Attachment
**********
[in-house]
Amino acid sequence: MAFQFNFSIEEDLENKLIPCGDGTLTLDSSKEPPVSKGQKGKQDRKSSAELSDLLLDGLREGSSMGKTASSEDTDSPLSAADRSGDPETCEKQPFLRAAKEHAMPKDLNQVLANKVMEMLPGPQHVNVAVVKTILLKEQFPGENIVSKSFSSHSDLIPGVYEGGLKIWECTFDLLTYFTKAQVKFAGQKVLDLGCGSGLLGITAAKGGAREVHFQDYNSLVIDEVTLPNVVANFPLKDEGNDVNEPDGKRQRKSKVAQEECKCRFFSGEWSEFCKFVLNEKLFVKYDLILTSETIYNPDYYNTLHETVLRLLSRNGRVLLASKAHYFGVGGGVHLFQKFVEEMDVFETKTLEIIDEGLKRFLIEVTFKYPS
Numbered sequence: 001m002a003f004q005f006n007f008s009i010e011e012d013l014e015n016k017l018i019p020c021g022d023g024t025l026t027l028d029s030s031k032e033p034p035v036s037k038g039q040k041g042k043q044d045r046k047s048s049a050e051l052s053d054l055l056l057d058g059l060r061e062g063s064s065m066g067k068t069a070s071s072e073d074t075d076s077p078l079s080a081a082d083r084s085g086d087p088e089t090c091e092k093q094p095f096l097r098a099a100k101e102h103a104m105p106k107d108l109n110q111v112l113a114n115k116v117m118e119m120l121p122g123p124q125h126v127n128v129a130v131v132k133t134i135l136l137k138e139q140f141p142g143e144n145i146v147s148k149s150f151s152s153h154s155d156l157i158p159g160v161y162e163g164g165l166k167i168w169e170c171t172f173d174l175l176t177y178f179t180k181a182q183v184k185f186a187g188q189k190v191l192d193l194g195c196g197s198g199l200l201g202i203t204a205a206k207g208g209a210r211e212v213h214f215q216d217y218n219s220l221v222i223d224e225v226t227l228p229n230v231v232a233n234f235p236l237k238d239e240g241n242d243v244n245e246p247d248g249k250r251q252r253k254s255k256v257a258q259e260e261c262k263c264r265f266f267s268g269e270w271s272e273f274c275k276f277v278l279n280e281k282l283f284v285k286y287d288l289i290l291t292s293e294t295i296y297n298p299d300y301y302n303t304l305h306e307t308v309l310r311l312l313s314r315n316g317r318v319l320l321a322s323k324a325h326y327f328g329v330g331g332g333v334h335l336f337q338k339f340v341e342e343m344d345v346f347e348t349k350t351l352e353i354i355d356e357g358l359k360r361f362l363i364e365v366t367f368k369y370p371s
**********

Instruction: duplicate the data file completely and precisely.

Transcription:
[in-house]
Amino acid sequence: MAFQFNFSIEEDLENKLIPCGDGTLTLDSSKEPPVSKGQKGKQDRKSSAELSDLLLDGLREGSSMGKTASSEDTDSPLSAADRSGDPETCEKQPFLRAAKEHAMPKDLNQVLANKVMEMLPGPQHVNVAVVKTILLKEQFPGENIVSKSFSSHSDLIPGVYEGGLKIWECTFDLLTYFTKAQVKFAGQKVLDLGCGSGLLGITAAKGGAREVHFQDYNSLVIDEVTLPNVVANFPLKDEGNDVNEPDGKRQRKSKVAQEECKCRFFSGEWSEFCKFVLNEKLFVKYDLILTSETIYNPDYYNTLHETVLRLLSRNGRVLLASKAHYFGVGGGVHLFQKFVEEMDVFETKTLEIIDEGLKRFLIEVTFKYPS
Numbered sequence: 001m002a003f004q005f006n007f008s009i010e011e012d013l014e015n016k017l018i019p020c021g022d023g024t025l026t027l028d029s030s031k032e033p034p035v036s037k038g039q040k041g042k043q044d045r046k047s048s049a050e051l052s053d054l055l056l057d058g059l060r061e062g063s064s065m066g067k068t069a070s071s072e073d074t075d076s077p078l079s080a081a082d083r084s085g086d087p088e089t090c091e092k093q094p095f096l097r098a099a100k101e102h103a104m105p106k107d108l109n110q111v112l113a114n115k116v117m118e119m120l121p122g123p124q125h126v127n128v129a130v131v132k133t134i135l136l137k138e139q140f141p142g143e144n145i146v147s148k149s150f151s152s153h154s155d156l157i158p159g160v161y162e163g164g165l166k167i168w169e170c171t172f173d174l175l176t177y178f179t180k181a182q183v184k185f186a187g188q189k190v191l192d193l194g195c196g197s198g199l200l201g202i203t204a205a206k207g208g209a210r211e212v213h214f215q216d217y218n219s220l221v222i223d224e225v226t227l228p229n230v231v232a233n234f235p236l237k238d239e240g241n242d243v244n245e246p247d248g249k250r251q252r253k254s255k256v257a258q259e260e261c262k263c264r265f266f267s268g269e270w271s272e273f274c275k276f277v278l279n280e281k282l283f284v285k286y287d288l289i290l291t292s293e294t295i296y297n298p299d300y301y302n303t304l305h306e307t308v309l310r311l312l313s314r315n316g317r318v319l320l321a322s323k324a325h326y327f328g329v330g331g332g333v334h335l336f337q338k339f340v341e342e343m344d345v346f347e348t349k350t351l352e353i354i355d356e357g358l359k360r361f362l363i364e365v366t367f368k369y370p371s